Chewy Green Tea Noodles- ginger scallion/ hoisin/ green tea matcha. This was a lovely and unexpected combo that gave the noodles a gorgeous light green color. The chewy ramen noodles had a nice, fresh kick to it and were dusted with matcha power.

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The unexpected combo. Photo by Chelsea Davis

Chongqing Chicken Wings- crispy beef tripe/ explosive chili/ xinjiang spices. These chicken wings have the most insane, fiery flavors. The word “spicy” doesn’t do them justice because these wings have a way more complex spice than, say, your everyday hot sauce. These crispy wings are coated in a spice blend of Sichuan peppercorns, fennel, cumin and coriander, and served with dried red chiles, cilantro, scallions and sesame seeds. The result? A numbing build up of searing heat that eventually overcomes your tongue and mouth- in the best way possible. True confession: I could only eat one!

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Super Spicy wings. Photo by Chelsea Davis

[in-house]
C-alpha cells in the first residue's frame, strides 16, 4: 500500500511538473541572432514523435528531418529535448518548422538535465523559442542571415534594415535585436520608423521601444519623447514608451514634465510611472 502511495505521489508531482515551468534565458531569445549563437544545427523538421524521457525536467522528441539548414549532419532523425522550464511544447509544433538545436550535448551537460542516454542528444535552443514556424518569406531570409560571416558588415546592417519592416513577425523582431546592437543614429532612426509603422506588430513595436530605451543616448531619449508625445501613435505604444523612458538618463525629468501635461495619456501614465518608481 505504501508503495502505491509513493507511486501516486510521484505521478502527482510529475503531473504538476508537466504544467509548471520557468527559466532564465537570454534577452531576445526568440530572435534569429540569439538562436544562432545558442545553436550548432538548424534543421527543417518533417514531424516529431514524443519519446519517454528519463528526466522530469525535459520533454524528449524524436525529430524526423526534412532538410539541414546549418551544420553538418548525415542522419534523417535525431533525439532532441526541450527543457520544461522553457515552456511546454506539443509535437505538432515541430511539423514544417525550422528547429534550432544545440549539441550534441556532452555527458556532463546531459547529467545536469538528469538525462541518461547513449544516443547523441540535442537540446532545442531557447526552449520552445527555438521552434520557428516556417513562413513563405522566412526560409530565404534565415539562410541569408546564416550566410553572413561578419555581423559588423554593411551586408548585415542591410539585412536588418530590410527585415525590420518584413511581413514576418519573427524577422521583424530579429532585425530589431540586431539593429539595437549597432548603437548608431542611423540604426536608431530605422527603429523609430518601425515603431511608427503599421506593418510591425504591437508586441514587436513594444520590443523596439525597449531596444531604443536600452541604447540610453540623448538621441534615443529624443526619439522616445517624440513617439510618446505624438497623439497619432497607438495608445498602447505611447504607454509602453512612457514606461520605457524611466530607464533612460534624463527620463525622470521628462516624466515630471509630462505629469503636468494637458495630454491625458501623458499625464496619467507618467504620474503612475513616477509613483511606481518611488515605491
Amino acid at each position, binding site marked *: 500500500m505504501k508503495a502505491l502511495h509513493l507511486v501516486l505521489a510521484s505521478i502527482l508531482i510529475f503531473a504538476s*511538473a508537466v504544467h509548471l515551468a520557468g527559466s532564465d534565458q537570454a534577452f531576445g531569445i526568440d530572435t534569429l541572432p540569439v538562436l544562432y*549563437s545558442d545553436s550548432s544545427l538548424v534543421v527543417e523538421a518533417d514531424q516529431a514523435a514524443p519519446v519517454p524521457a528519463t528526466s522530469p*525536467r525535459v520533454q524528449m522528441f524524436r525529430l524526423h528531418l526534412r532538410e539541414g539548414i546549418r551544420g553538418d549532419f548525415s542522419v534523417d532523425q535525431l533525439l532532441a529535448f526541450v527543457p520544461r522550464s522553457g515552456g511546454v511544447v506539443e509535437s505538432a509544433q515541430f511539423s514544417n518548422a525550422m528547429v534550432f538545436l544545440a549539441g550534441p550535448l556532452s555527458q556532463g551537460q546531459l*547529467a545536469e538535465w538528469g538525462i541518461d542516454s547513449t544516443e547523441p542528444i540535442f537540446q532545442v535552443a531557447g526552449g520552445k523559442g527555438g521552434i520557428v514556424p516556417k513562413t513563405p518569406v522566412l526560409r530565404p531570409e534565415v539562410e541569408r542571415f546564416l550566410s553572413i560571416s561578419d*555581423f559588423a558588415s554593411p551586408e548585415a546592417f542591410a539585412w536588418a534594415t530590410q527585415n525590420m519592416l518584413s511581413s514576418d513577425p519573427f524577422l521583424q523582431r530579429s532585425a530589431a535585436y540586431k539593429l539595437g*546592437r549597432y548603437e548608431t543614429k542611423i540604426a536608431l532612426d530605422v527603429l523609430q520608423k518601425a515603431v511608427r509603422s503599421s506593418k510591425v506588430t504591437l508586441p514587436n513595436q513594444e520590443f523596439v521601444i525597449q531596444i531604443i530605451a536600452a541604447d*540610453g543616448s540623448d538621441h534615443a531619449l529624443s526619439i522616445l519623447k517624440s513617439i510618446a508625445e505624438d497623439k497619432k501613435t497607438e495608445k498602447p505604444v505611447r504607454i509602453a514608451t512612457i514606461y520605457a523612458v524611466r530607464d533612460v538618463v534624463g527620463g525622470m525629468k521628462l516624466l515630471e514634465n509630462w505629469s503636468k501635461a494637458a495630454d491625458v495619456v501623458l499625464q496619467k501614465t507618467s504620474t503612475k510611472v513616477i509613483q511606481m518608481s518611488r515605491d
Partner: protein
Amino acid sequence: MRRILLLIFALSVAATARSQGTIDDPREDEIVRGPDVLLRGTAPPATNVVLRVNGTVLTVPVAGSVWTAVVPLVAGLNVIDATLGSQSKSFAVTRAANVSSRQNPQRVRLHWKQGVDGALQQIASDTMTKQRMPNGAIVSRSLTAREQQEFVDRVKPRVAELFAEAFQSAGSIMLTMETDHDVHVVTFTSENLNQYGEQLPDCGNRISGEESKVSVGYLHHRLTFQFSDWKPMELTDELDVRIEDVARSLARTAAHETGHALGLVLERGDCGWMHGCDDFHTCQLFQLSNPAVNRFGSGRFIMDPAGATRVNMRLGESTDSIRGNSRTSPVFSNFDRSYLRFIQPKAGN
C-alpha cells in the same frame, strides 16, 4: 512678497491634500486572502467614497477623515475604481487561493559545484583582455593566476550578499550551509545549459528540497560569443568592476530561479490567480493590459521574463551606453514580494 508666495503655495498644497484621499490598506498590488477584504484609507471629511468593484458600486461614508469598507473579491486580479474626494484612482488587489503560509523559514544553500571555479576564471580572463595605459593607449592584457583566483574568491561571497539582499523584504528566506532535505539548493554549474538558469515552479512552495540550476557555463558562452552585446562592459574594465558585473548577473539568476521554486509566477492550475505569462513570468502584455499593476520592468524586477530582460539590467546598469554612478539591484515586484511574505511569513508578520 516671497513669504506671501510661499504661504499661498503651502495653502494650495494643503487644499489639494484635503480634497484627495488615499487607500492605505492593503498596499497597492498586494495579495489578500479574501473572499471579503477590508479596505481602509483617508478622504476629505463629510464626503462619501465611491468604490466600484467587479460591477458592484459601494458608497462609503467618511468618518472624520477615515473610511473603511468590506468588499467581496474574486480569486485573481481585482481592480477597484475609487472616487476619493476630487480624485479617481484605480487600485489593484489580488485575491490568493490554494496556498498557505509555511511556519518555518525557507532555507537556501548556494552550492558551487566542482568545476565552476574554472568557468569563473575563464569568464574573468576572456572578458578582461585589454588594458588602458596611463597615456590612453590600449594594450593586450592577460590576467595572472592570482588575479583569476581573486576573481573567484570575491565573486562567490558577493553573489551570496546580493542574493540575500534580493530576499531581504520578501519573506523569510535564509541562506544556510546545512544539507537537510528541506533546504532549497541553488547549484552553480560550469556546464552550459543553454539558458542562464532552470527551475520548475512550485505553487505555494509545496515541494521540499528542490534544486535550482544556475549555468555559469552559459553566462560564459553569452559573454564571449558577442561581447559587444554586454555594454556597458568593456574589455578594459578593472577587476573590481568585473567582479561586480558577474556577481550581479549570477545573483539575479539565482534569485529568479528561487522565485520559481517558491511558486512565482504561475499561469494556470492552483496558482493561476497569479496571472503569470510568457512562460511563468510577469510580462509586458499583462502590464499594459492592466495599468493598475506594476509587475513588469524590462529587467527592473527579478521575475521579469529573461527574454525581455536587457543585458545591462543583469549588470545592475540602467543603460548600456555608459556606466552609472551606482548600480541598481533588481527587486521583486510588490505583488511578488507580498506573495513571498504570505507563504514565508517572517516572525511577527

Broccoli Beef Brisket- smoked oyster sauce, flax seeds. A fancy version of the Chinese menu standard: beef and broccoli. In this dish, crunchy broccoli rabe and juicy chunks of fatty brisket are covered in a smoky oyster sauce. As a huge fan of ribeye steak and ribs, I really enjoyed the meatiness of the brisket.

Umeboshi & Shiso Fried Rice. A flavorful fried rice that pairs up delightfully with all of our dishes!

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Flavorful fried rice. Photo by Chelsea Davis

Mapo Tofu- heritage pork, aged beef fat, doubanjiang. Super rich, oily- in a good way, meaty and once again, numbingly outrageous in flavor. The tofu was soft, the pork savory and the spices overwhelming. The dish was similar to an explosively hot, meaty bolognese sauce, Sichuan style.

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Outrageous in flavor. Photo by Chelsea Davis

Advice: Ive never had Sichuan food like this before, and while Im a fan, the spice is real. Mission Chinese is not for the faint-hearted and certainly not going to be fun for those who cant handle the heat. That being said, the dishes are inventive, bold and delicious- definitely worth trying at least once!